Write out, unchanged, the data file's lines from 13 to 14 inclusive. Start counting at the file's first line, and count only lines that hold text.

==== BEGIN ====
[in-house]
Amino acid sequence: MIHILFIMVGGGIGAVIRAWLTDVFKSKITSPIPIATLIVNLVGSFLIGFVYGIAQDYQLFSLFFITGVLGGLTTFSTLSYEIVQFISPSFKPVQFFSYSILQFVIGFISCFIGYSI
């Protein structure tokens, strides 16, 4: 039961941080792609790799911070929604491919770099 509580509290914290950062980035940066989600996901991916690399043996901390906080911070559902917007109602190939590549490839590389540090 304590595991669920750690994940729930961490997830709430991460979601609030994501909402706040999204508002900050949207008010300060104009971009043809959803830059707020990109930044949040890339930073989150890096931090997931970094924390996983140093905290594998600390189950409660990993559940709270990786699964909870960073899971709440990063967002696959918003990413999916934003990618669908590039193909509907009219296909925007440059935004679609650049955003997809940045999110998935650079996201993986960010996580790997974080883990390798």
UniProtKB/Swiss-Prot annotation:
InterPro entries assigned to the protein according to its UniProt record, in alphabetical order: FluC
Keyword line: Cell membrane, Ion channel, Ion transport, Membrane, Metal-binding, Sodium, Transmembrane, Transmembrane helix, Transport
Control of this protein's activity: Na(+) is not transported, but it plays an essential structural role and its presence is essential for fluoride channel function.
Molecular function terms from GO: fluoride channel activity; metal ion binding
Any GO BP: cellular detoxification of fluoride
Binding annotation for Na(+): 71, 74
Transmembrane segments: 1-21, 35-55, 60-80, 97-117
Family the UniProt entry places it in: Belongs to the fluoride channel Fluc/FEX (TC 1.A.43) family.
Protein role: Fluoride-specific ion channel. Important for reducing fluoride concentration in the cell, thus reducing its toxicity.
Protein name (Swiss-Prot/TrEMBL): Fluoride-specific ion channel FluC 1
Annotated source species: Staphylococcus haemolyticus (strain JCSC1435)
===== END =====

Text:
Protein role: Fluoride-specific ion channel. Important for reducing fluoride concentration in the cell, thus reducing its toxicity.
Protein name (Swiss-Prot/TrEMBL): Fluoride-specific ion channel FluC 1